Aggregating Application Logs from Kubernetes Clusters using Fluentd to Log Intelligence

One of the key issues with managing Kubernetes is observability, the ability  of admins and developers to observe multiple data points and data sets from the Kubernetes cluster, allowing them to analyze this data in resolving issues.

Observability in Kubernetes uses cluster and application data from the following sources:

  • Monitoring metrics — Pulling metrics from the cluster, through cAdvisor, metrics server, and/or prometheus, along with application data which can be aggregated across clusters in Wavefront by VMware.
  • Logging data — Whether its cluster logs or application log information like syslog, these data sets are important for analysis.
  • Tracing data — this is generally obtained with tools like zipkin, jaeger, etc. and provide detailed flow information about the application.

In this blog we show you how to aggregate application logging data from containers running on kubernetes into VMware Log Intelligence. 

In particular we will investigate how to configure, build and deploy fluentd daemonset to collect application data and forward to Log Intelligence.

A daemonset as defined in Kubernetes documentation is:

“A DaemonSet ensures that all (or some) Nodes run a copy of a Pod. As nodes are added to the cluster, Pods are added to them. As nodes are removed from the cluster, those Pods are garbage collected. Deleting a DaemonSet will clean up the Pods it created.”

Prerequisites 

The following write up assumes the following:

  • application logs are output to stdout from the containers — a great reference is found here in kubernetes documentation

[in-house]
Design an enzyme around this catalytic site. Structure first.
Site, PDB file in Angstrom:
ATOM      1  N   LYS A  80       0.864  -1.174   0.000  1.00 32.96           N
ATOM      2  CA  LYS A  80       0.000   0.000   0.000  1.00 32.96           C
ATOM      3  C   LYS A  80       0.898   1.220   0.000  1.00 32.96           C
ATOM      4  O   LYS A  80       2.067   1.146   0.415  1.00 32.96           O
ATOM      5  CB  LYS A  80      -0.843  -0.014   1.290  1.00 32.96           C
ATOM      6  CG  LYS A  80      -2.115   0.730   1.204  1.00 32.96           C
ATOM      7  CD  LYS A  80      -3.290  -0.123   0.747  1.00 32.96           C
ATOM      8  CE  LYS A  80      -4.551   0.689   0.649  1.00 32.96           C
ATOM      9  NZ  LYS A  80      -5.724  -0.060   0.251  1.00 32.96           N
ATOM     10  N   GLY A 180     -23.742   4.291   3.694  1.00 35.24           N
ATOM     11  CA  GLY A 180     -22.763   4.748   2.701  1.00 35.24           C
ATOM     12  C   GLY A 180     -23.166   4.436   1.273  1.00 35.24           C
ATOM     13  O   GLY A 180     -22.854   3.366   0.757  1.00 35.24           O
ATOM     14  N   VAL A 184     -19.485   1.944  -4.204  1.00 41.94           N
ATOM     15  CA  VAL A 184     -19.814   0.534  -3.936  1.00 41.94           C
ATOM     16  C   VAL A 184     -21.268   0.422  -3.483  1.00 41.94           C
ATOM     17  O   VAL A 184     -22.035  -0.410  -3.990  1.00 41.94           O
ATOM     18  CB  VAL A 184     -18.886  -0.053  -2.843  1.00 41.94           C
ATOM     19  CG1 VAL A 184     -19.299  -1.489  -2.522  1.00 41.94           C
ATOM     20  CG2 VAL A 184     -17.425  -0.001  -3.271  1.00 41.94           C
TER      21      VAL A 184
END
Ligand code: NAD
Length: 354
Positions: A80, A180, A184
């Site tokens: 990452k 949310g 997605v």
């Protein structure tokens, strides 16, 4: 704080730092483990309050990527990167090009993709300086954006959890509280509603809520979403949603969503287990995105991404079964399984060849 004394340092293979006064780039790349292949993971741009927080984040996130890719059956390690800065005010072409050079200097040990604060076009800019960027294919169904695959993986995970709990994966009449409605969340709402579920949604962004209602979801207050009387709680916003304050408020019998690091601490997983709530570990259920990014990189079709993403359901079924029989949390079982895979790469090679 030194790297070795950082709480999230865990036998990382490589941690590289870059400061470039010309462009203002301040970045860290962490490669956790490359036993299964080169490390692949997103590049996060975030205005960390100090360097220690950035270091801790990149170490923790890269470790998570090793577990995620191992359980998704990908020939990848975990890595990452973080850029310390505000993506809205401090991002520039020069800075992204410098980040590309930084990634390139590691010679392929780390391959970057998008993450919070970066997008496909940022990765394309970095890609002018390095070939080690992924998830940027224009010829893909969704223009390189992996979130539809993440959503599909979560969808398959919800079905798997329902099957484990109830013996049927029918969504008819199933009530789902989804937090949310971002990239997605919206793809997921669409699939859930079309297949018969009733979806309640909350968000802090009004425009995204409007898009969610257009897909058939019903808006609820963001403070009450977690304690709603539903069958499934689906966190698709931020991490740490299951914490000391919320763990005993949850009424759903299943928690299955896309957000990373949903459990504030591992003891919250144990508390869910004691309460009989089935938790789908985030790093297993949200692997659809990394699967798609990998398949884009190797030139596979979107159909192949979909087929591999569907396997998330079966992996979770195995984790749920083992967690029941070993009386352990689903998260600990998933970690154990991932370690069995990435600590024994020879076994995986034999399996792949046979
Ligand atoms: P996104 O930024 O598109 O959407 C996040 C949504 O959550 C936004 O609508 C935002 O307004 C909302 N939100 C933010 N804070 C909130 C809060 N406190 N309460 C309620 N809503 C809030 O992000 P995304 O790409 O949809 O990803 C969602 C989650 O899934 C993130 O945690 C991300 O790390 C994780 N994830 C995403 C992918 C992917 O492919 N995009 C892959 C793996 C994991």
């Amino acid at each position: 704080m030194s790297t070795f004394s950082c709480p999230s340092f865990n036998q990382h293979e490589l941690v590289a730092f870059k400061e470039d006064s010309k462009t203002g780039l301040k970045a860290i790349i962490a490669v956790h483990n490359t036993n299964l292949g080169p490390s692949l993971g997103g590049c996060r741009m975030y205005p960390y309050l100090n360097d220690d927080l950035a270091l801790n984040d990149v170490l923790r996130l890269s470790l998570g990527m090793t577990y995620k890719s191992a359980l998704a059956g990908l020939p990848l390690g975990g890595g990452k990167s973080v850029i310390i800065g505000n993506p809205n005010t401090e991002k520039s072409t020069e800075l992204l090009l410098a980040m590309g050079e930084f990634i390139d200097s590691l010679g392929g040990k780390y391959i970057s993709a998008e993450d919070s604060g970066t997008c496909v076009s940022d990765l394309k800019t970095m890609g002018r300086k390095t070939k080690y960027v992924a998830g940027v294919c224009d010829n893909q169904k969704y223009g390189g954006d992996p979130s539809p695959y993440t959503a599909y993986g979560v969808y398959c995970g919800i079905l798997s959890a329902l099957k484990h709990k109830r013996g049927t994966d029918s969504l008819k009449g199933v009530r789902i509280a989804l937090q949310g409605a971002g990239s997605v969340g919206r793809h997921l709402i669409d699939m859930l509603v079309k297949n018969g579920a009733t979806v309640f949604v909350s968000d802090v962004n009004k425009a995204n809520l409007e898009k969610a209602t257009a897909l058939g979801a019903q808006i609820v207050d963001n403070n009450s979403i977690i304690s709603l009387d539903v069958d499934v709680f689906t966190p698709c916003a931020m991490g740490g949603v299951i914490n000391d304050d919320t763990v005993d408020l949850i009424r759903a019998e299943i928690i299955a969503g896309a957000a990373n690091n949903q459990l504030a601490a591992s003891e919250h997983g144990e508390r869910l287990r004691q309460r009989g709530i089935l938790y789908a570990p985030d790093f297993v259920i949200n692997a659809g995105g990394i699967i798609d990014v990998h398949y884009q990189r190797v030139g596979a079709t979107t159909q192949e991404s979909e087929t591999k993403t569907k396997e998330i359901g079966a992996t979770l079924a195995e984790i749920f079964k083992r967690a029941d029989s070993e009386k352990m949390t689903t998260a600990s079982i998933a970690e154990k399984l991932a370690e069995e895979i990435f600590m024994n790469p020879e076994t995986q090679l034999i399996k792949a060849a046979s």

• privilege access to install fluentd daemonsets into “kube-system” namespace. 

Privilege access may require different configurations on different platforms:

  • KOPs — open source kubernetes installer and manager — if you are the installer then you will have admin access
  • GKE — turn off the standard fluentd daemonset preinstalled in GKE cluster. Follow the instructions here.
  • VMware Cloud PKS — Ensure you are running privilege clusters

Application logs in Log Intelligence

Once configured and deployed, fluentd properly pulls data from individual containers in pods. These logs can be visualized and analyzed in Log Intelligence.

The following captures show logs from a simple Flask application called api_server running on a pod in a Kubernetes cluster.

Application Data
Application Data from Flask Container on Kubernetes (1)


Application Data from Flask Container on Kubernetes (2)

As the charts above show, Log Intelligence is reading fluentd daemonset output and capturing both stdout, and stderr from the application. 

To get a better appreciation for what is being viewed in Log Intelligence, its useful to view the container logs in Kubernetes.

Here is a sample output (in stdout) of logs from the api_server container:

As you can see these logs were output to stdout, and then picked up by fluentd and properly forwarded to Log Intelligence. The log output is pushed into the Kubernetes cluster and managed by Kubernetes.

As noted in Kubernetes documentation:

“Everything a containerized application writes to stdout and stderr is handled and redirected somewhere by a container engine. For example, the Docker container engine redirects those two streams to a logging driver, which is configured in Kubernetes to write to a file in json format.”

Once the application logs are successfully ingested into VMware Log Intelligence, there are various methods to leverage its features to accelerate your troubleshooting without having to dive deep into each log stream. On the home screen, you can view your Recent Alerts which occur per the Alerts Definitions defined. For example, you may want to be alerted when application logs have an error within the content. See below an example of an alert being triggered over a period of time.


Creating an alert

Building, configuring, and deploying fluentd